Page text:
DBMS secured a verdict for the defense in a case in which an orthopedic surgeon and his group were accused of inappropriately performing a hip replacement procedure.
The plaintiff, a 51-year-old male, had experienced ongoing hip pain before the defendant surgeon performed a left total hip replacement in May 2013. During the hip replacement procedure, the defendant among other things placed a metal cup, secured by two screws, into the plaintiff’s acetabulum (hip joint). Six weeks later, the plaintiff dislocated his hip while in the shower. He was taken to a nearby hospital, where another orthopedic surgeon put the hip back in place and discharged him.
Two days later, the plaintiff felt the hip dislocate again while lying in bed and was taken by ambulance to the hospital where his original surgery was performed. The defendant reviewed the x-rays and determined another surgery (a revision procedure) was needed to revise the hip placement. During the revision procedure, the defendant left the acetabular cup in place, but he increased the ball size from a 32-mm head to a 36-mm head and replaced the existing plastic liner on the cup with one that had an anterior lip. The plaintiff has since had no other dislocations.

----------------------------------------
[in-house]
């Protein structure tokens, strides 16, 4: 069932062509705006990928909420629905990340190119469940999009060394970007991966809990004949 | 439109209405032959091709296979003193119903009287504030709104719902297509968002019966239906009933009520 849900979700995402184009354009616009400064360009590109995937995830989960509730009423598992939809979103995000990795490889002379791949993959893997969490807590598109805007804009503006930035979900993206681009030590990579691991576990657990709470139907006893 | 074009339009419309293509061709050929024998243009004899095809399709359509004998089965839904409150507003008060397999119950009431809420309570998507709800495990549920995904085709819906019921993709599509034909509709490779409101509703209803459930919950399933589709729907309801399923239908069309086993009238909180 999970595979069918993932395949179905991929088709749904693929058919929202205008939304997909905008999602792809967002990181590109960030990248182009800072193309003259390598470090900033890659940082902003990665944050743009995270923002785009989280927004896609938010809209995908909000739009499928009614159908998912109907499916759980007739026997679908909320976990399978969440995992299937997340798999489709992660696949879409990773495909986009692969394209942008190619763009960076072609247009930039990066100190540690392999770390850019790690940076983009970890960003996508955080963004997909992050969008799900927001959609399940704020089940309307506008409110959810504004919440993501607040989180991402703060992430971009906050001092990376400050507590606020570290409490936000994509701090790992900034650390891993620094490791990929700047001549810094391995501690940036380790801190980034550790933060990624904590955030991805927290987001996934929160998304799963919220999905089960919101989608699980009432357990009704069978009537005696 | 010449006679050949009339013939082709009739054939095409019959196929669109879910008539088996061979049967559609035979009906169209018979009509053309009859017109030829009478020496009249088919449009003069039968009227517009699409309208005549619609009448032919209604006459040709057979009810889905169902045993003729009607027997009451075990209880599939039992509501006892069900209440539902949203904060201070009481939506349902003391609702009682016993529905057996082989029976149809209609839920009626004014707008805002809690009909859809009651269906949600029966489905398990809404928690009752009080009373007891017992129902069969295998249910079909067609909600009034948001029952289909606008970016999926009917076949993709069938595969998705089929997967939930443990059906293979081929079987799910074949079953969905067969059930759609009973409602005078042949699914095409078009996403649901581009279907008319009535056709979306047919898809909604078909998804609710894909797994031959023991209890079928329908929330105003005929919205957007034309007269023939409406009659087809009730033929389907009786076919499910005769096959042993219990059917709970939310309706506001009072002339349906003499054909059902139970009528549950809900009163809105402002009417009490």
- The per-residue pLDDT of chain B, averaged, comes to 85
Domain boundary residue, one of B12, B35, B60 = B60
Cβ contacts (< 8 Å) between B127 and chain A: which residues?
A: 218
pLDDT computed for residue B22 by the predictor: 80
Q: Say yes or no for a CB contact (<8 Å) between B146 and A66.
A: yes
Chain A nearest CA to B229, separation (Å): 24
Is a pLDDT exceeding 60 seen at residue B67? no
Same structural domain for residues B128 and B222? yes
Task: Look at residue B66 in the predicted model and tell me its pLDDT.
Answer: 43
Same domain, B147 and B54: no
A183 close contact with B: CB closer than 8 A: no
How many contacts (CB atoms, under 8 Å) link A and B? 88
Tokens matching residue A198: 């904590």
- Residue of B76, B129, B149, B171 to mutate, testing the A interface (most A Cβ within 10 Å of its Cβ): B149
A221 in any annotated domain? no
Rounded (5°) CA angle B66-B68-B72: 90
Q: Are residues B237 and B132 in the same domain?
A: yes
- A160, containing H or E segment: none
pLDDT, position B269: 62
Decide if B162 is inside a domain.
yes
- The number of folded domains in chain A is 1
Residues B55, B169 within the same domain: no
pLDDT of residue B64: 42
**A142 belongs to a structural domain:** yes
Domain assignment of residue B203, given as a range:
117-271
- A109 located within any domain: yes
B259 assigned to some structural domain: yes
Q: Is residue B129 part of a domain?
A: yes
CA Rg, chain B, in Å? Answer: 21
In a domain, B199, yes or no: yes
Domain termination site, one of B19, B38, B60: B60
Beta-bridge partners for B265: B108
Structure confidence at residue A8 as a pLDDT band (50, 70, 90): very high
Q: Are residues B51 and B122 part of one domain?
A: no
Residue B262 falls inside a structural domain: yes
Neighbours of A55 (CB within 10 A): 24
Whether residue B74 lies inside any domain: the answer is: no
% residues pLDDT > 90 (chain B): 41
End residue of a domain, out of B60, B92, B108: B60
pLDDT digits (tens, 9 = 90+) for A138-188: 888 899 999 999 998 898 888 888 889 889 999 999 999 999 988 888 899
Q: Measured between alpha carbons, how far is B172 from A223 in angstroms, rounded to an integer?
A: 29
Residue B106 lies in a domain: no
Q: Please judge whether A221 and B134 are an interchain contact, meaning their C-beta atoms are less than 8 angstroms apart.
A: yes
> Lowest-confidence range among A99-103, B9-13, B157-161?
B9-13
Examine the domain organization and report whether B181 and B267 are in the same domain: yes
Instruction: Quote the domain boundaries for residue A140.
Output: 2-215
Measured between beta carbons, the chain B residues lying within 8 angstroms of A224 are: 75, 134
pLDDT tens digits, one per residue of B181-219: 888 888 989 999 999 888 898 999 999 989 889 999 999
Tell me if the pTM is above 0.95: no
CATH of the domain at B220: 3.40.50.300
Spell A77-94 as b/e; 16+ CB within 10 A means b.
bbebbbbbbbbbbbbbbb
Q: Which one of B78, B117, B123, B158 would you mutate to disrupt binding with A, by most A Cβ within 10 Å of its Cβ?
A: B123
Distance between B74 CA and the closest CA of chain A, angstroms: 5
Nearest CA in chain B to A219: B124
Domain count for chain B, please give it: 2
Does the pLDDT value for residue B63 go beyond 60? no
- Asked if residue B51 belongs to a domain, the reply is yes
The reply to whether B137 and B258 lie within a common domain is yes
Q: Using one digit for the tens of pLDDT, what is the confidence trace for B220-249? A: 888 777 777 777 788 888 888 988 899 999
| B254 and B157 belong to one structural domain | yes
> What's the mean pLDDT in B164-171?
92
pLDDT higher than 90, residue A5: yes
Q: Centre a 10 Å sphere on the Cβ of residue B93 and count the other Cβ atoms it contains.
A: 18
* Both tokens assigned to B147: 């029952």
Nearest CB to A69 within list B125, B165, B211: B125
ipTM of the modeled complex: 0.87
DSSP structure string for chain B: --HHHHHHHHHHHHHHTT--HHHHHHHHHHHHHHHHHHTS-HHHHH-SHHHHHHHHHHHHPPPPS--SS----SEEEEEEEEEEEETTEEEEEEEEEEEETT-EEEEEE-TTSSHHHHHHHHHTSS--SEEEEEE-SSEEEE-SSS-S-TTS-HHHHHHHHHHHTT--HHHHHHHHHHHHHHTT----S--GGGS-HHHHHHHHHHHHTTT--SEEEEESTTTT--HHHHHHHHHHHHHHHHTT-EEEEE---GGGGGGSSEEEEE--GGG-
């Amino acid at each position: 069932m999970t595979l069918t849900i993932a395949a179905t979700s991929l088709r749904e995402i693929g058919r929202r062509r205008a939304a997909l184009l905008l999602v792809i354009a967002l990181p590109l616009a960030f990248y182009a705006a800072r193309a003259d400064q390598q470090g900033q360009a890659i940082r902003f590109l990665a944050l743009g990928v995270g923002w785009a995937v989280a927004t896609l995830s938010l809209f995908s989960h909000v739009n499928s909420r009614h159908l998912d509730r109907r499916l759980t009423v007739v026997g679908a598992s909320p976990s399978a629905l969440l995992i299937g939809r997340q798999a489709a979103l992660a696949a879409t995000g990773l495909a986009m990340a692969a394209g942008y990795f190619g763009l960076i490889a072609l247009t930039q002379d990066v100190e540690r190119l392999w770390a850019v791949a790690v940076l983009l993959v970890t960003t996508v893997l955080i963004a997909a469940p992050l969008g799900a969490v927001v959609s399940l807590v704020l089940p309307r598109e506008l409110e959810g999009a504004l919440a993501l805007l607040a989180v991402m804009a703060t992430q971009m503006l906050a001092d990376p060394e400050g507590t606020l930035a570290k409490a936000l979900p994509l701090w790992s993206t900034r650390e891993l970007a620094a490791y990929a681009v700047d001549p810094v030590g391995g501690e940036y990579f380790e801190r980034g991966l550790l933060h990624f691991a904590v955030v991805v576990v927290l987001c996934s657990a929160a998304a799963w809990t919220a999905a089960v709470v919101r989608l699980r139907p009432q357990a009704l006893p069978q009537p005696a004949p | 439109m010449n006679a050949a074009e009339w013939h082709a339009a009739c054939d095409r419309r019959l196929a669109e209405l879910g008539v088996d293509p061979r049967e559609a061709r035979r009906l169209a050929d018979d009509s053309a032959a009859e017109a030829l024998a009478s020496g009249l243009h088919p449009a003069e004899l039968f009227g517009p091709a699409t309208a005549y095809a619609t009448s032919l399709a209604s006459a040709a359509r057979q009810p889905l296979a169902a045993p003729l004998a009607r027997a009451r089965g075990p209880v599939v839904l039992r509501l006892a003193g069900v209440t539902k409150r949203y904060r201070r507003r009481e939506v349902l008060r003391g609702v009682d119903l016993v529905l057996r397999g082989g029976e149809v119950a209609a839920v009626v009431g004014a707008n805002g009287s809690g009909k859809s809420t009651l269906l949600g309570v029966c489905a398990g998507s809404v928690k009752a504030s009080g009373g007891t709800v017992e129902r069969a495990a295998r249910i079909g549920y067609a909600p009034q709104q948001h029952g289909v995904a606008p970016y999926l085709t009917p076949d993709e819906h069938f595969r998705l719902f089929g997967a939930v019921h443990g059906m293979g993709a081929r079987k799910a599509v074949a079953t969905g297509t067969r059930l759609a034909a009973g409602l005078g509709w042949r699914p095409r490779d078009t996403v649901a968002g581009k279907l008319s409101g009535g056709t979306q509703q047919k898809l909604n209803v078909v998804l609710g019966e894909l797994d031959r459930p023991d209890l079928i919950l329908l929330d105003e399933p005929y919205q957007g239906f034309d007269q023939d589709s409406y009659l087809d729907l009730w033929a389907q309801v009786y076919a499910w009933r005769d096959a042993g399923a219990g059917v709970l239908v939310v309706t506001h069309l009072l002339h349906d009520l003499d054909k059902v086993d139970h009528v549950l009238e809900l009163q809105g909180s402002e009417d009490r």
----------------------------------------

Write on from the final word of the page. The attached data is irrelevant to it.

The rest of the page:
The plaintiff contended that the dislocations occurred as a result of the cup being placed at too steep of an angle and turned too far forward (anteverted). The plaintiff testified that, despite the success of the revision procedure, he still has severe chronic left hip pain, is unable to work as a billboard painter and sometimes needs a cane to walk.
DBMS maintained that the defendant placed the cup in an appropriate position; during the May 2013, the defendant confirmed through range-of-motion testing that was no impingement of the femoral stem on either the cup or hip bone. DBMS further argued that the ongoing left hip pain was caused by an irritated nerve in the plaintiff’s back.
The plaintiff asked for $899,000. The jury was out for 45 minutes before returning a verdict in the defendants’ favor.